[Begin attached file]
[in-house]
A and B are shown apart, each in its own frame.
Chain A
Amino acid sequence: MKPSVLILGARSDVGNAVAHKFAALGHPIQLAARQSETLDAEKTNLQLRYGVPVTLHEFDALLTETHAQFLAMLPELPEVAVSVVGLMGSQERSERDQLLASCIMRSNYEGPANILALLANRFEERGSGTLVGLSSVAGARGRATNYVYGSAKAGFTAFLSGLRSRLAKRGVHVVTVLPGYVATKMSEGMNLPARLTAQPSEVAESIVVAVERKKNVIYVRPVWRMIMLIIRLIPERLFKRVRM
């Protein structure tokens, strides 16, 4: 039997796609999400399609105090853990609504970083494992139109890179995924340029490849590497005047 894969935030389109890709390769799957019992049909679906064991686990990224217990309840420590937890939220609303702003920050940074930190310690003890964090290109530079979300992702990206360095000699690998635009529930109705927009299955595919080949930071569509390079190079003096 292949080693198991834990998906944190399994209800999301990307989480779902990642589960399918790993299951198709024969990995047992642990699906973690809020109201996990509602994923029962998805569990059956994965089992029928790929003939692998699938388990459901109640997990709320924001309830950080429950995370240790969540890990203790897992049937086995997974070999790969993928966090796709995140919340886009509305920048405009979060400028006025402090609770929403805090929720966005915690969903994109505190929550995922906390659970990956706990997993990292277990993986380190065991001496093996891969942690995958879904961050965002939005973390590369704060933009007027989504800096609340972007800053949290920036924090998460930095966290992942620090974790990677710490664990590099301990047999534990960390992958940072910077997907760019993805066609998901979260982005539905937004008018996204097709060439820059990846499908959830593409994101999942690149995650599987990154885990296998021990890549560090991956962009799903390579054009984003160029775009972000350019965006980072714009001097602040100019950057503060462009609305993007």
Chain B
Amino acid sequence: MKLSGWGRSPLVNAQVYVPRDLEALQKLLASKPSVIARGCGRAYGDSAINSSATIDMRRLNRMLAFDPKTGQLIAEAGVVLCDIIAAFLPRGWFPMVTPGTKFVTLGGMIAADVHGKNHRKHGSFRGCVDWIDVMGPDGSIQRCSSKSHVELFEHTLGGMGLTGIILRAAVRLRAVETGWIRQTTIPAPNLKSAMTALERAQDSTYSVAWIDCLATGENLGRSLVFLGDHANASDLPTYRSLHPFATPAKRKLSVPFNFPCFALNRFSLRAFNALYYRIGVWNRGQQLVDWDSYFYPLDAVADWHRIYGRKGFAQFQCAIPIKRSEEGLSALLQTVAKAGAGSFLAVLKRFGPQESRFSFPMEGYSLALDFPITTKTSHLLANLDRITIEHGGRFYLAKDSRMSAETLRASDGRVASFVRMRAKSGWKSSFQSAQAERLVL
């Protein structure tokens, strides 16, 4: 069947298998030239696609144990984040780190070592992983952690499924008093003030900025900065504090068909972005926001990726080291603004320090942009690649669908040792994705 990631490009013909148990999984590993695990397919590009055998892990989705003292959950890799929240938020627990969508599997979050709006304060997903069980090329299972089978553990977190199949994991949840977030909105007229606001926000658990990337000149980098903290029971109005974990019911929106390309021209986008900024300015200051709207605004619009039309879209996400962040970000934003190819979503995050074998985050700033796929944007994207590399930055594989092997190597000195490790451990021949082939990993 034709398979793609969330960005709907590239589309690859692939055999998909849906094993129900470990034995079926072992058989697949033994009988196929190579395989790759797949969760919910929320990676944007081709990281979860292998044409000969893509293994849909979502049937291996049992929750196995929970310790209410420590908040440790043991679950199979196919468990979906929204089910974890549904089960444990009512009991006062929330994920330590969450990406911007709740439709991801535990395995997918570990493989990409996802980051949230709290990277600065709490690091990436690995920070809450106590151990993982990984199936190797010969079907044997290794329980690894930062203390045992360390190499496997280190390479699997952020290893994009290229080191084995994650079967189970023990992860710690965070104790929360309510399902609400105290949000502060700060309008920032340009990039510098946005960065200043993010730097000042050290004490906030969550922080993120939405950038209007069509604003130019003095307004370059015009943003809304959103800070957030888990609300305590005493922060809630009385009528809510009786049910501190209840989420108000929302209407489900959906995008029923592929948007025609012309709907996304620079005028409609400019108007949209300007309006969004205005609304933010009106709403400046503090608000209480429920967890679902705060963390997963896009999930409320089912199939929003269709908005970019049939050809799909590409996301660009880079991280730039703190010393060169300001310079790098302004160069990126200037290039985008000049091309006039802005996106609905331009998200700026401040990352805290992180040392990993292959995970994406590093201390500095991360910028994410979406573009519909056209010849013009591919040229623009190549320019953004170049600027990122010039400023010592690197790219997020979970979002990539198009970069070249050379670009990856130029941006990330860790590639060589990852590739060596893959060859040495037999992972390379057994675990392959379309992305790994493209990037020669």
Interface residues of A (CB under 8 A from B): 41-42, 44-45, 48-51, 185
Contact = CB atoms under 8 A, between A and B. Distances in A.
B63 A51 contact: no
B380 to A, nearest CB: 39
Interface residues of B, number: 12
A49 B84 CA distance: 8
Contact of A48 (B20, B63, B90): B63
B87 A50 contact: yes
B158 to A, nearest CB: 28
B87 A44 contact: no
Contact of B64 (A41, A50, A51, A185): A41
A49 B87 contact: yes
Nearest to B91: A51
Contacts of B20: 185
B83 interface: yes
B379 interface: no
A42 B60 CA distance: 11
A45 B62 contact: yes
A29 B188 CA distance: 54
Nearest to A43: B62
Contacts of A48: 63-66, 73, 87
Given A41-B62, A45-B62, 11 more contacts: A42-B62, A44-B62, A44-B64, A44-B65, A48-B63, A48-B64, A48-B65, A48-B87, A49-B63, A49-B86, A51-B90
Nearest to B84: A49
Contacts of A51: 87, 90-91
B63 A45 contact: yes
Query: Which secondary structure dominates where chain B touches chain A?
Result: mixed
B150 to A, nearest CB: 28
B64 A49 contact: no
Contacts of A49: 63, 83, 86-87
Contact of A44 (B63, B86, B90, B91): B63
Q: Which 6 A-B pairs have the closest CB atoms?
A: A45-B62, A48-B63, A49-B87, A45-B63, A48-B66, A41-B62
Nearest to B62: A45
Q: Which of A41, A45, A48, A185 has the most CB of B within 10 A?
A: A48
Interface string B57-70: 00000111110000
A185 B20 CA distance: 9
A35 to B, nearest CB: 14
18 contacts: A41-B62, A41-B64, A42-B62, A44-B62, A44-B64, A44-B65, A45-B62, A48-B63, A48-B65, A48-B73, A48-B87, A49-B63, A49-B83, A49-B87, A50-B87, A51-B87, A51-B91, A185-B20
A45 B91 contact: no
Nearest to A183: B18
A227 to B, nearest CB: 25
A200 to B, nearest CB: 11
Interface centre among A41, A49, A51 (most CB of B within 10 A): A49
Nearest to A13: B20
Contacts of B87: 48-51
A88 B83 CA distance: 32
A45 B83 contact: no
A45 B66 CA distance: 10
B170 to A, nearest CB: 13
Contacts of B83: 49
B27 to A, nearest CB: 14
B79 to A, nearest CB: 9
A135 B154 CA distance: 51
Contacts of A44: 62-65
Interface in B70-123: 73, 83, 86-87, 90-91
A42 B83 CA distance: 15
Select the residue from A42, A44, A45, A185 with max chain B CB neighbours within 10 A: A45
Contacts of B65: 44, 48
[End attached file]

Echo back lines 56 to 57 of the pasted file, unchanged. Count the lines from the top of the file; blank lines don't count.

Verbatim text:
A88 B83 CA distance: 32
A45 B83 contact: no